should be doing everything we can to suppor t Jewish schools, camps, and social groups. But right now these experiences are
increasingly out of financial reach for Los Angeles families.
So here’s my question: What if we stopped giving all those throwaway childhood gifts — the action figures, the train sets, the
stuff we don’t really need — and instead gave our children and grandchildren the enduring, meaningful gift of a Jewish
education?
I pitched that idea to the nonprofit Builders of Jewish Education (BJE), calling it TorahTrust. It would function like a child’s gift
registry: In the same way that many parents star t “529 College Savings Plans,” they would be able to create “613 TorahTrust
Savings Accounts” for their children’s Jewish education. Whatever the occasion — a baby-naming, a bir thday, a Bar Mitzvah —
relatives and friends would have the option of eschewing traditional gifts and instead contributing to a child’s Jewish education.
TorahTrust savings accounts would be housed in a financial institution or community foundation. A whole range of par ties —
day schools, synagogues, camps, and more — would encourage families to star t accounts. Those organizations might offer
incentives for par ticipation, giving parents discounts and added value for using TorahTrust savings to pay for their educational
offerings. Corporations and nonprofits would be encouraged to provide matching gifts, and to help market the program. The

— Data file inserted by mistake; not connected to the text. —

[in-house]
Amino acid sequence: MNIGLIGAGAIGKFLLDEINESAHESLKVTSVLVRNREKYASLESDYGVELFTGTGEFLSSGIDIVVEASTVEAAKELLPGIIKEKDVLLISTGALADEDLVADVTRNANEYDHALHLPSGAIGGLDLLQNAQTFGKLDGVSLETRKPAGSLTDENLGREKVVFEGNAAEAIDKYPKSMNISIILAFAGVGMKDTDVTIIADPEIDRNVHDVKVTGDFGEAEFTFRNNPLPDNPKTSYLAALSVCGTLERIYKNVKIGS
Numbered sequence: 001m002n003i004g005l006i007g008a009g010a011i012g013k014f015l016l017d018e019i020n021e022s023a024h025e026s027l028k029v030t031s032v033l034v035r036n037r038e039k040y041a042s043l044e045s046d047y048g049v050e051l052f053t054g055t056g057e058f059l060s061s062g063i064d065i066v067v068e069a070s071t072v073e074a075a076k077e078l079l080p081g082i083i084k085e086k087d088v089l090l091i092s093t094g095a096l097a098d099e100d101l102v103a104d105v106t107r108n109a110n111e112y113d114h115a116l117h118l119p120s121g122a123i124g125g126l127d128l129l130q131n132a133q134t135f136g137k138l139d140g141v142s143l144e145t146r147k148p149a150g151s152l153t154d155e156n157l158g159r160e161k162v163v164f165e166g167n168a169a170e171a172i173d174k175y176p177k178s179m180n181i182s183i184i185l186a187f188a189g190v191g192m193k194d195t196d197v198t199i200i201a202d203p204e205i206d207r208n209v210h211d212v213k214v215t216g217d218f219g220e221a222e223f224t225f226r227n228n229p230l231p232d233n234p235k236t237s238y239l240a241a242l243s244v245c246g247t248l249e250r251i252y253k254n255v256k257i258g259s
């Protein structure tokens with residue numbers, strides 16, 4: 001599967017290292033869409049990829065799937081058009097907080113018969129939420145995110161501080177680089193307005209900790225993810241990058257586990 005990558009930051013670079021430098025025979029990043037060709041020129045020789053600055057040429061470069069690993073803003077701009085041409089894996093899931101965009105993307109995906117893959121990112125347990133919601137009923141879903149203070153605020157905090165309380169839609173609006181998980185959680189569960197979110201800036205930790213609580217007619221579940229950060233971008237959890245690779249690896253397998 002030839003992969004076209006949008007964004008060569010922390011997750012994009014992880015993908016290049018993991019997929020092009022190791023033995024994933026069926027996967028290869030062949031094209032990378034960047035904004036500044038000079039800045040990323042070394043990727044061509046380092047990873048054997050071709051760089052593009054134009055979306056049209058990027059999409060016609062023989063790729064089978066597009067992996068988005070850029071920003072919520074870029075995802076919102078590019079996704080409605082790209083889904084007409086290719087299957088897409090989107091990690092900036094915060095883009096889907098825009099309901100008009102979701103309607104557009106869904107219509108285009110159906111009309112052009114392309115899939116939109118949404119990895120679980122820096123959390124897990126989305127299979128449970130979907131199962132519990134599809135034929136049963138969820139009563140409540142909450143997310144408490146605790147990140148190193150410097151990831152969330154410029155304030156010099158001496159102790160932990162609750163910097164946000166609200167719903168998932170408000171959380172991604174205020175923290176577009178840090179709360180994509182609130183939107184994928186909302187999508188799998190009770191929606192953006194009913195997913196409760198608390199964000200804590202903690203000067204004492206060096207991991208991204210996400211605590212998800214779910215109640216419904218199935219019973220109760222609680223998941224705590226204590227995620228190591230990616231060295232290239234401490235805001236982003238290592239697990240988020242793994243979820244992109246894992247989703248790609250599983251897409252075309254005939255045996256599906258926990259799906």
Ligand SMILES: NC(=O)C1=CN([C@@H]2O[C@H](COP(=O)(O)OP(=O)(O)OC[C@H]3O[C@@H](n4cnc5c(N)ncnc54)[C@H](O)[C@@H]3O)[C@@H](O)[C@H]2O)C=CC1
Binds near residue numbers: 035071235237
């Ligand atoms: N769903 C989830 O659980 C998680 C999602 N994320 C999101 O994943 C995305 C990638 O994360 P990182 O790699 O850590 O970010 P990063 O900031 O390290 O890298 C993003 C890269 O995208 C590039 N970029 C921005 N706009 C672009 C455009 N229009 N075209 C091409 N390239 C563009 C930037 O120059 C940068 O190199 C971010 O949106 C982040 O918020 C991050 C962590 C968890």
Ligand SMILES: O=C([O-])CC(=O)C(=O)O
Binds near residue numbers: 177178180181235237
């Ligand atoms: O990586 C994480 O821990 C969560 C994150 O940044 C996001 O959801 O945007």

BJE would be the interface between the financial institution and the gift-giver.
This kind of initiative — giving families a dedicated avenue to save for their children’s Jewish education, and mobilizing the entire
community to suppor t them — doesn’t exist anywhere else in Nor th America.
BJE liked the TorahTrust idea and drafted a proposal. To date we have not been able to secure funding, and TorahTrust hasn’t
taken off.
I haven’t given up.
BJE estimates that less than half of this city’s young Jews are enrolled in Jewish schools or camps in any given year, and to me
that’s not acceptable. I want young Angelenos like my grandchildren to grow up knowing what it means to be a Jew, and to find
meaning in their extraordinary heritage. The best way to make that happen is to give them the chance to go to Jewish day
school.
Changing the way we give gifts might seem like a small step. But it’s a small step that could open big doors — not to mention
make gift-giving a lot less stressful, on the giving and receiving ends.

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TorahTrust is an out-of-the-box idea that seeks to
transform the paradigm of gift giving by encouraging
friends and family to contribute to a child's Jewish
education rather than giving a material gift. Jewish
educational programs (formal and informal) would also
be encouraged to add financial value to a TorahTrust
account being used in their institution.

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torahtrust@gmail.com

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© 2015 TorahTrust. All Rights Reserved

Designed by Max LaZebnik